Mice CAN get muscular dystrophy after all

Ed Park, MD aging, dr ed park, research, stem cell theory of aging Leave a Comment

Mice with the same mutation that would cause muscular dystrophy (abnormal progressive failure of muscles) in humans were pretty much ok. Why? Well it turns out that lab mice are inbred mutants with exceedingly long telomeres compared to natural mice. They are the worst model to study human aging for that reason. Secondly, they don’t have efficiently scalable antioxidants leaving them at high risk for genomic damage in ways that we are not.

Research suggests turns out that mice can get the disease but that their longer telomeres often protect them and produce a mild disease form or phenotype. In a subtype of mice without a full “gene dose” or two good copies of TERC (the RNA key needed to operate telomerase), muscular dystrophy did manifest. This lends credence to the idea that stem cell failure by telomere shortening is a common pathway across species after all. It just took an accelerated rate of telomere loss to show up in the muscle stem cells.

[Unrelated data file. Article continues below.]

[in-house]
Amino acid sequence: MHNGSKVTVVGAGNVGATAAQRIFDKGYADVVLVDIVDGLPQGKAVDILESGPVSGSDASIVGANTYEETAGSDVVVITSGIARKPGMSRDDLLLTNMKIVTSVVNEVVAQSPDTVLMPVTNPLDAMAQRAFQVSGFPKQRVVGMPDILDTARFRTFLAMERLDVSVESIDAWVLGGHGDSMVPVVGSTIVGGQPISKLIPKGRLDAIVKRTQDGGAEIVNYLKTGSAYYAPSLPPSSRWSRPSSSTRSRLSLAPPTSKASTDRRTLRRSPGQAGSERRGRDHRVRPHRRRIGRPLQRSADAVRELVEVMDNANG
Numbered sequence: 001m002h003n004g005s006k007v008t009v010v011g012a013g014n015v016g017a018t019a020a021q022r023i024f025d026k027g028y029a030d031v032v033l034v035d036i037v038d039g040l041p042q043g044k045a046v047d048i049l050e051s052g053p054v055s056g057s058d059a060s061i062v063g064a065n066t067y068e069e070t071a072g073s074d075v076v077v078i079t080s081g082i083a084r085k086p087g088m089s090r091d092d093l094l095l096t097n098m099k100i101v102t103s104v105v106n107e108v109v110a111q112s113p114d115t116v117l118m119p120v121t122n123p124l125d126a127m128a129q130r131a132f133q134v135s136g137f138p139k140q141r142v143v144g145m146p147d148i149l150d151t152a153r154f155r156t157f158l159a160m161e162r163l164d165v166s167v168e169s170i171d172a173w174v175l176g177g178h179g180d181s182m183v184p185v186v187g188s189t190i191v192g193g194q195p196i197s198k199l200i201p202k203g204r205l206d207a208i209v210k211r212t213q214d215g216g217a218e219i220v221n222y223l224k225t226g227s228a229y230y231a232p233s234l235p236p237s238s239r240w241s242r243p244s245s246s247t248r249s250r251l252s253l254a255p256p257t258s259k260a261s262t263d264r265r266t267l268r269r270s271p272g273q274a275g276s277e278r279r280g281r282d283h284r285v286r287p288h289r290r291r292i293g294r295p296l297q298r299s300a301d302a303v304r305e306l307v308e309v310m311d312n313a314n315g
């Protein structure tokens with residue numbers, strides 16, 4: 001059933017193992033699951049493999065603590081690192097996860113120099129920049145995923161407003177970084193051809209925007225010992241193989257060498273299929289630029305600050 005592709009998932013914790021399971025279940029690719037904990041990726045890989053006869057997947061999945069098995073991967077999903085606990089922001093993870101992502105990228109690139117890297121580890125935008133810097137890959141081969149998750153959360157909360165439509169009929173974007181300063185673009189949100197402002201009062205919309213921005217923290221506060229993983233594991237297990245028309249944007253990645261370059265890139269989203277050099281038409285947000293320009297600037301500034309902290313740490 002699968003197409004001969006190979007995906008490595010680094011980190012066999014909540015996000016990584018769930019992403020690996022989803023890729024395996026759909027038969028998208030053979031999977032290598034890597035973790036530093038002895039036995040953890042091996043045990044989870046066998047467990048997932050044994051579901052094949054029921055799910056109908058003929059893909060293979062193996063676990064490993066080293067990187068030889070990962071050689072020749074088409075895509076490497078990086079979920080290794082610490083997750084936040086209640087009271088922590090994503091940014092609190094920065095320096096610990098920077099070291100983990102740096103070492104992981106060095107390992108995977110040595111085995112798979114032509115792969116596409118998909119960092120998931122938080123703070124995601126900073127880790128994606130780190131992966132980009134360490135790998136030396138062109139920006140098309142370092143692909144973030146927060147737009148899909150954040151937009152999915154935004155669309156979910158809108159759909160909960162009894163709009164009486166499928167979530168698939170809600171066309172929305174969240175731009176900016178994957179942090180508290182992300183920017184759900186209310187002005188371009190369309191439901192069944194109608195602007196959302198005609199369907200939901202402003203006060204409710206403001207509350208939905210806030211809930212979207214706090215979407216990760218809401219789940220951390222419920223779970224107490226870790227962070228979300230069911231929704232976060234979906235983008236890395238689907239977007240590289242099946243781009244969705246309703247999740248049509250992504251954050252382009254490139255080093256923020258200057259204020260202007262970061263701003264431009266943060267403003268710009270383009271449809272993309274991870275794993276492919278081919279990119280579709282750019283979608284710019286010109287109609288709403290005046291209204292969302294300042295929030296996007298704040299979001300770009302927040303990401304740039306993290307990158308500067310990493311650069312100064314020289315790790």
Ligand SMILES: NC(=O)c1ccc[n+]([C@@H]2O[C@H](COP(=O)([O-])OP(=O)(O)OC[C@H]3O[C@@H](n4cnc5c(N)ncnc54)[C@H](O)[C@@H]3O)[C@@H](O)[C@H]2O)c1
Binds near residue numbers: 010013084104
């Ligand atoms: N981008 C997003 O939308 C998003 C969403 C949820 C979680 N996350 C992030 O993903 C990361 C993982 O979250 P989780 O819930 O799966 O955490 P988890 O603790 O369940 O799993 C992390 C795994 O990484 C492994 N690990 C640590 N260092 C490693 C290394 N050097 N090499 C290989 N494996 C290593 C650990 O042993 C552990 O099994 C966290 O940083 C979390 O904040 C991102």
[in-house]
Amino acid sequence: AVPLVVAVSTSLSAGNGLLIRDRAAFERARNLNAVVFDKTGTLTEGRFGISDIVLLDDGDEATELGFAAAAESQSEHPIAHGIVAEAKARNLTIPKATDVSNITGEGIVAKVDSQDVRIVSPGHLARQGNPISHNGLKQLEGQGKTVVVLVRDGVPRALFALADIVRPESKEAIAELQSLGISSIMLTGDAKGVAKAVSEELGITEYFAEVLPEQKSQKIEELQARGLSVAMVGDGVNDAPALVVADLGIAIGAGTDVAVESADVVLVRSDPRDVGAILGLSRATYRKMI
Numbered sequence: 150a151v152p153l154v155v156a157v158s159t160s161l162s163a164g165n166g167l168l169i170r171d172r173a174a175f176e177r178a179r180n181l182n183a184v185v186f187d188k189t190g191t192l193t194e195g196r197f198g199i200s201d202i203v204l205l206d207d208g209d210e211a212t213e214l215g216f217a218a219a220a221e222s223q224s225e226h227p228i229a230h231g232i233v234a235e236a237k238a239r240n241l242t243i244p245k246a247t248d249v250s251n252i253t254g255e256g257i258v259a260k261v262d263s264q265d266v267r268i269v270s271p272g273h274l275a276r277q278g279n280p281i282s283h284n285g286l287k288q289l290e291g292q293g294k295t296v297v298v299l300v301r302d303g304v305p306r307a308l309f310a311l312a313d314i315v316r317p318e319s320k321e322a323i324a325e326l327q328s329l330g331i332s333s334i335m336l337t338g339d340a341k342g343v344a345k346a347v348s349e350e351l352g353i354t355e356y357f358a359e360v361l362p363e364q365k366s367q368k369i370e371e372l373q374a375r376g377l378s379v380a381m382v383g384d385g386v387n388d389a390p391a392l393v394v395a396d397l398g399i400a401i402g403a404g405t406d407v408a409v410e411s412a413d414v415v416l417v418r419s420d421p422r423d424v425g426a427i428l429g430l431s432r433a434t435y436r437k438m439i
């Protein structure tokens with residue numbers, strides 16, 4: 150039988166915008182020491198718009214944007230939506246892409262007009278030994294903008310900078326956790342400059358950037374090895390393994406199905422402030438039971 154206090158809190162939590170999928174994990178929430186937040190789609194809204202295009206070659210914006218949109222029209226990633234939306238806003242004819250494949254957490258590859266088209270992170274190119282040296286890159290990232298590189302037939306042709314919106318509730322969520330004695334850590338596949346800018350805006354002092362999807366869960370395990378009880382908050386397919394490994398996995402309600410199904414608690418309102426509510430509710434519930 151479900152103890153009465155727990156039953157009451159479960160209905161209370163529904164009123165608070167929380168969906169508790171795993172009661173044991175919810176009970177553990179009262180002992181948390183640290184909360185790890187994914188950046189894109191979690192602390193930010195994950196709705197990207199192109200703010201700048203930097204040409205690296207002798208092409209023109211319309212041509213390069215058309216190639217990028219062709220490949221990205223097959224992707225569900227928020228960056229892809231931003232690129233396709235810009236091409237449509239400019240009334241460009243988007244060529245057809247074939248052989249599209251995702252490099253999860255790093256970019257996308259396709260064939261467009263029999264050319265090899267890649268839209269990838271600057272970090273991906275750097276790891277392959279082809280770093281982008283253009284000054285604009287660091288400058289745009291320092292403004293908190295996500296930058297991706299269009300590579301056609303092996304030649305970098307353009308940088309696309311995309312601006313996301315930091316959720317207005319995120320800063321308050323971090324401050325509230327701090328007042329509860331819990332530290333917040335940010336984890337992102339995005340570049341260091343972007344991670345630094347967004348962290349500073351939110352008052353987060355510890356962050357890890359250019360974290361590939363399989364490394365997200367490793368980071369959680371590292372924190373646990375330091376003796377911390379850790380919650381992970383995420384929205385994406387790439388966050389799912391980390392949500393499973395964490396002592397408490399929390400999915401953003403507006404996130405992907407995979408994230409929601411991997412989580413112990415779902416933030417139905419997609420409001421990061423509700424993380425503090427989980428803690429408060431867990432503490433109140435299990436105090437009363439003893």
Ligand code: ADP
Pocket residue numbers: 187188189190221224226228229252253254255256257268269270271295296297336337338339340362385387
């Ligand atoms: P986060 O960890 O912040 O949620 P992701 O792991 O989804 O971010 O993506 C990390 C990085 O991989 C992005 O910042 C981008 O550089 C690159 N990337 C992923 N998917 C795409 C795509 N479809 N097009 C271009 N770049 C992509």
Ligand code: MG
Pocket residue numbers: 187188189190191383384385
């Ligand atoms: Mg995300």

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There is only one disease with many faces. The only reason you don’t get all the cancers and all the diseases is that you run out of cures. If you drive a car to a million miles, you are going to replace all the parts.

To understand my Telomere/Stem Cell Theory of Aging and Disease, watch this 6-minute video that I made:

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